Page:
Ashok really never recovered from our winter hiatus this year. Last summer she ran with me (at least once up to 7 miles) and seemed to do fine. I walked her some in the winter once the ice started accumulating but not nearly as consistently as in the warmer months. I got my exercise at the gym with with yoga, and doggies aren’t allowed. She just never bounced back to running this year, and, frankly neither did I.
Lately she started “missing” when jumping into the car, and she started yelping a little with one of her front legs. We’ve been walking a good bit and she’s not limping but something was obviously off. Sheepishly she’d look at the sofa and then skulk into her kennel. I got some pet steps, but she did not want to use that. “Steps?” her body language told me. “That’s for old dogs. I’m not going down that easy.”
I took her to my vet and asked if they thought she had arthritis. My vet looked at her and said she might be older than 10. NOOOOOOO. I wanted to scream. She is younger than 10. She’s actually 2 going on 3. But I know that I really don’t know how old she is as she was full-grown and a rescue. She could be 28 for all I know. She estimated her to be 12.
I’ve been trying to slow down time. In that moment the clock fast-forwarded another two years. That’s two years of hiking and camping and swimming in Lake Michigan gone. G… O…N…E. Two years of hugs and healthy activity evaporated in one second. I asked her if it was over. Was this the downhill slide of which she would never return? She assured me that the goal was to keep her happy and active as long as we could. She did not feel the descent into old age and a lifeless sleeping dog in the corner was in our foreseeable future.
Dr. Hall prescribed an anti-inflammatory, and I was encouraged to see a pick-up in her energy right away. So I started walking her at her speed two times a day and adjusted my workout schedule to include a Garmin-tracked 10,000 steps a day. She loved it. Our morning walk has become her happy time, and she’s expecting me to lace up my shoes as soon as she is fed. It’s actually good for me not to sit on my arse first thing in the morning, too. And day by day she’s gotten happier and more energetic. Last night she jumped into the car before I could even pick her up.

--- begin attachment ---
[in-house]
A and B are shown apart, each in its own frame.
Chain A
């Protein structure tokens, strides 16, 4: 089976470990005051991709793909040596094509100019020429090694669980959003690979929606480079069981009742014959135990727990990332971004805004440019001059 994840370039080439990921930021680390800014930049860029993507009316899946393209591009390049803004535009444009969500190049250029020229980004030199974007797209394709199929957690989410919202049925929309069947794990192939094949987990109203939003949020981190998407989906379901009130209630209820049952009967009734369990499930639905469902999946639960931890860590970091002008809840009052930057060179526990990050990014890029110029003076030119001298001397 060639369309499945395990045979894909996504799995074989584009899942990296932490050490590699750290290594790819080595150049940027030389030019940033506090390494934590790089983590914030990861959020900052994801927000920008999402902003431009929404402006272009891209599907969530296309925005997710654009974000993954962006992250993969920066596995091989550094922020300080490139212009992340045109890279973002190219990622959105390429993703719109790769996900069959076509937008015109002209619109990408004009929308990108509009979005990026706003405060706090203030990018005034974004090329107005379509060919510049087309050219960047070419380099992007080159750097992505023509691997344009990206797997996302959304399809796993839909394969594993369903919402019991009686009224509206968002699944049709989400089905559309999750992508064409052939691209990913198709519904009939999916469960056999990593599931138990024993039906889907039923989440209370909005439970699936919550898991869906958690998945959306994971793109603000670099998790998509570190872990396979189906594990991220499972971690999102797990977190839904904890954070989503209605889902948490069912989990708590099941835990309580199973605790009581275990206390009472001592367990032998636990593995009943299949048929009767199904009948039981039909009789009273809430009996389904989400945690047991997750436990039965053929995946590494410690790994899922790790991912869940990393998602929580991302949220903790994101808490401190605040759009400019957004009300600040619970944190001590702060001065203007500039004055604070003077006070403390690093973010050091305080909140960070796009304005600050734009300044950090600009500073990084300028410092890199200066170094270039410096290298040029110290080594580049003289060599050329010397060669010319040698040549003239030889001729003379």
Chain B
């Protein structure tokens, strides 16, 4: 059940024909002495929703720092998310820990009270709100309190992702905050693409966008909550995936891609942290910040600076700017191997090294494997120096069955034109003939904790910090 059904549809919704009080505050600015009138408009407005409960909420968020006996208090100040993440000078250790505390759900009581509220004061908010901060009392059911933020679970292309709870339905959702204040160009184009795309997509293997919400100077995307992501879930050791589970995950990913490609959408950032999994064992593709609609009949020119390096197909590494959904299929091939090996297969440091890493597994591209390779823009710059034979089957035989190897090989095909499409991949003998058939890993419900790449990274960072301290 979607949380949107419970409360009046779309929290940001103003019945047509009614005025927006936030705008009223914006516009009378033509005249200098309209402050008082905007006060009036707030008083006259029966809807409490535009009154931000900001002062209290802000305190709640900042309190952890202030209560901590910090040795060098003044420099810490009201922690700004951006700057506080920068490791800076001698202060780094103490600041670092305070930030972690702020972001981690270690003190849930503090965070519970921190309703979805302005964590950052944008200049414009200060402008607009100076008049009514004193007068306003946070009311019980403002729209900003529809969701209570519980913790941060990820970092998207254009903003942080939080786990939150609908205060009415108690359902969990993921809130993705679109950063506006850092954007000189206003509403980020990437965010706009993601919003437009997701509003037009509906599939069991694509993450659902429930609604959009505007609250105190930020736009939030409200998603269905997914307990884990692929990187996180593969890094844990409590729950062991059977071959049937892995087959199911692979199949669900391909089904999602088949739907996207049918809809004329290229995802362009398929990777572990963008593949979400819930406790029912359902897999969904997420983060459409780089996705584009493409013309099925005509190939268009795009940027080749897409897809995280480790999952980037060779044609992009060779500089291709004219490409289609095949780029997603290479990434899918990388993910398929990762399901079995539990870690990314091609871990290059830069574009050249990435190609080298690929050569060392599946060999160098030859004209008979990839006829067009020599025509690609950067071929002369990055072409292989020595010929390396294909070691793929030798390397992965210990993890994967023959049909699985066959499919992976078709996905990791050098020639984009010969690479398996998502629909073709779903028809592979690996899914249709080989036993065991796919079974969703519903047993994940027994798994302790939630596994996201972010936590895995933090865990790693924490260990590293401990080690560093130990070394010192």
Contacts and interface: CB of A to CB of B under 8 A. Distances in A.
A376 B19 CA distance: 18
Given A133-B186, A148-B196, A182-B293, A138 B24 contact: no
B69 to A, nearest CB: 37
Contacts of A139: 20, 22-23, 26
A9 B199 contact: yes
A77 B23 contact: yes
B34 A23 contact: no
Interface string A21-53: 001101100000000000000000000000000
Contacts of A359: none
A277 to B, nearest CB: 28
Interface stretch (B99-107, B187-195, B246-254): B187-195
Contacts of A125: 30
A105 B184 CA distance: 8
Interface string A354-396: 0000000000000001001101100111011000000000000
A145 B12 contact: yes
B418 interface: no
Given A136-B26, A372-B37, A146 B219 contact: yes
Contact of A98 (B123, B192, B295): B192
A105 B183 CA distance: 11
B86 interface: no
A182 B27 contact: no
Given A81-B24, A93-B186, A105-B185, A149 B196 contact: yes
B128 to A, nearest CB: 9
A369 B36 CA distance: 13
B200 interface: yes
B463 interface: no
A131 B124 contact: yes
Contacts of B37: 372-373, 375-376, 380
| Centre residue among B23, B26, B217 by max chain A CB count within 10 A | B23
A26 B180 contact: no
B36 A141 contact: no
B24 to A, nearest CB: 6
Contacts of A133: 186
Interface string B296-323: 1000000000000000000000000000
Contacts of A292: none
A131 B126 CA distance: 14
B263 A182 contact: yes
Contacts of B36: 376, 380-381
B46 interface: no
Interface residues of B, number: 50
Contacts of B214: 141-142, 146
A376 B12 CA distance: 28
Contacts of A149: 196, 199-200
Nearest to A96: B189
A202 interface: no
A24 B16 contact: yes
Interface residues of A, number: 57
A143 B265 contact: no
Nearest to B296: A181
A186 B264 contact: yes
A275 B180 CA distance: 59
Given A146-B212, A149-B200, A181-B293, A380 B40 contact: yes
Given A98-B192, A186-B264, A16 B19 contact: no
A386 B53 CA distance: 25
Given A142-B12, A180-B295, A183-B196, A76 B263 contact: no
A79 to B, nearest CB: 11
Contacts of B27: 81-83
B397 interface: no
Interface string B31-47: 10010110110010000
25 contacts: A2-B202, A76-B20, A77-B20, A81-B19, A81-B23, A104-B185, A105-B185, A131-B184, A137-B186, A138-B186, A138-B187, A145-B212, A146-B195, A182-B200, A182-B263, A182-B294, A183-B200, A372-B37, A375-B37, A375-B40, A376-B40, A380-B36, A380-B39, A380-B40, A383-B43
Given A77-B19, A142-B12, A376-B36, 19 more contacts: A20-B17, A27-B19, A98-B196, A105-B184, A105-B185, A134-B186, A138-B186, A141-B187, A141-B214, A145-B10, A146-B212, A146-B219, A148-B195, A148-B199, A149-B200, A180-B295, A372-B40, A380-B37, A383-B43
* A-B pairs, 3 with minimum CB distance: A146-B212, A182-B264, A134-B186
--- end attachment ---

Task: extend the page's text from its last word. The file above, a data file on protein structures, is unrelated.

Pet acupuncture was the other remedy offered. My primary source of medical care is acupuncture and Chinese Medicine, so I was all in on that. I was curious how she would react to the needles. So this morning we visited Dr. Tulson at the Nickerson Animal Health Center. She tried a method of that utilizes B12 to speed up the process of moving energy with the needles, but Ashok was having none of it. So she switched to the typical needling I’m familiar with and after a yelp or two, Ashok settled into a very calm and happy state while the good doctor massaged some acupressure points and talked to her.
She says that Ashok has a “fire” constitution which is why she hates the heat. I have a “fire” constitution as well. No wonder the stay in Louisiana was so hard on us. We were already running hot, and the swamp-like climate made it even worse.
Acupuncture works to set the body back to its ideal state but it’s not immediate. Well, it could be immediate. But often it’s like training a puppy. You have to keep showing it where it needs to go several times before it sticks. Right now she’s happily sitting beside me as I write. We’ll see what happens. All I know is this morning was a very pleasant experience for both of us. If I can turn back that clock, dammit, I will.